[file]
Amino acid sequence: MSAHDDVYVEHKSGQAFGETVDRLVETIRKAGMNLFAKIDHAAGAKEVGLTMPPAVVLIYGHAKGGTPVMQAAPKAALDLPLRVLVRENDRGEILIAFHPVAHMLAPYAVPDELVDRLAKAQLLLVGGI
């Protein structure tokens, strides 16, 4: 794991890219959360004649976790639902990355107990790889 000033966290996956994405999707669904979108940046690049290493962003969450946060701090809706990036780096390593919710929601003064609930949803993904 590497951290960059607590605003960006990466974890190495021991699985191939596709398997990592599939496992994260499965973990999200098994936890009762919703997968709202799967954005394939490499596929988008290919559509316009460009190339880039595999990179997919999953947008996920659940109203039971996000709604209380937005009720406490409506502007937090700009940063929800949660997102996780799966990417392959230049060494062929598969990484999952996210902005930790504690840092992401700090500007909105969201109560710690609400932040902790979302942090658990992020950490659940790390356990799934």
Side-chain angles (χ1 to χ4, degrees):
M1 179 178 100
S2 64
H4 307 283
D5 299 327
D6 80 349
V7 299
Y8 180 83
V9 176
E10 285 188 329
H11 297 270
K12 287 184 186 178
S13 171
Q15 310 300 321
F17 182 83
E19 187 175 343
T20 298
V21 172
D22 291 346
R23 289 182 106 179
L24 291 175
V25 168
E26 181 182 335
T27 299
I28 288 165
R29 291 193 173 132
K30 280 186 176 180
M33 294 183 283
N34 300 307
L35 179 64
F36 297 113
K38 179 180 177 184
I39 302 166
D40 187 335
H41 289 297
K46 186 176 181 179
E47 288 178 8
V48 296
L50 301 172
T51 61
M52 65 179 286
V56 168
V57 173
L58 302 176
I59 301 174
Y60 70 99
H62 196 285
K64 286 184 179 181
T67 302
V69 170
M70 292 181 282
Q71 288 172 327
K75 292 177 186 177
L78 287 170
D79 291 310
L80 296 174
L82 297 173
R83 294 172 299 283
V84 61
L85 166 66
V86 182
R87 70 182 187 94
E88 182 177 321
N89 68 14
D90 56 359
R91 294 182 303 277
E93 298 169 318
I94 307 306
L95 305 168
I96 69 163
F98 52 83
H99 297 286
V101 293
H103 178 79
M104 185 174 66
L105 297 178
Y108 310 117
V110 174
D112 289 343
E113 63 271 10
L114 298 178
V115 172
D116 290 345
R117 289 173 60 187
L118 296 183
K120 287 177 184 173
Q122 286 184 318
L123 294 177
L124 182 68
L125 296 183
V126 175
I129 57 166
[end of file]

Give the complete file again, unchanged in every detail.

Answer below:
Amino acid sequence: MSAHDDVYVEHKSGQAFGETVDRLVETIRKAGMNLFAKIDHAAGAKEVGLTMPPAVVLIYGHAKGGTPVMQAAPKAALDLPLRVLVRENDRGEILIAFHPVAHMLAPYAVPDELVDRLAKAQLLLVGGI
């Protein structure tokens, strides 16, 4: 794991890219959360004649976790639902990355107990790889 000033966290996956994405999707669904979108940046690049290493962003969450946060701090809706990036780096390593919710929601003064609930949803993904 590497951290960059607590605003960006990466974890190495021991699985191939596709398997990592599939496992994260499965973990999200098994936890009762919703997968709202799967954005394939490499596929988008290919559509316009460009190339880039595999990179997919999953947008996920659940109203039971996000709604209380937005009720406490409506502007937090700009940063929800949660997102996780799966990417392959230049060494062929598969990484999952996210902005930790504690840092992401700090500007909105969201109560710690609400932040902790979302942090658990992020950490659940790390356990799934």
Side-chain angles (χ1 to χ4, degrees):
M1 179 178 100
S2 64
H4 307 283
D5 299 327
D6 80 349
V7 299
Y8 180 83
V9 176
E10 285 188 329
H11 297 270
K12 287 184 186 178
S13 171
Q15 310 300 321
F17 182 83
E19 187 175 343
T20 298
V21 172
D22 291 346
R23 289 182 106 179
L24 291 175
V25 168
E26 181 182 335
T27 299
I28 288 165
R29 291 193 173 132
K30 280 186 176 180
M33 294 183 283
N34 300 307
L35 179 64
F36 297 113
K38 179 180 177 184
I39 302 166
D40 187 335
H41 289 297
K46 186 176 181 179
E47 288 178 8
V48 296
L50 301 172
T51 61
M52 65 179 286
V56 168
V57 173
L58 302 176
I59 301 174
Y60 70 99
H62 196 285
K64 286 184 179 181
T67 302
V69 170
M70 292 181 282
Q71 288 172 327
K75 292 177 186 177
L78 287 170
D79 291 310
L80 296 174
L82 297 173
R83 294 172 299 283
V84 61
L85 166 66
V86 182
R87 70 182 187 94
E88 182 177 321
N89 68 14
D90 56 359
R91 294 182 303 277
E93 298 169 318
I94 307 306
L95 305 168
I96 69 163
F98 52 83
H99 297 286
V101 293
H103 178 79
M104 185 174 66
L105 297 178
Y108 310 117
V110 174
D112 289 343
E113 63 271 10
L114 298 178
V115 172
D116 290 345
R117 289 173 60 187
L118 296 183
K120 287 177 184 173
Q122 286 184 318
L123 294 177
L124 182 68
L125 296 183
V126 175
I129 57 166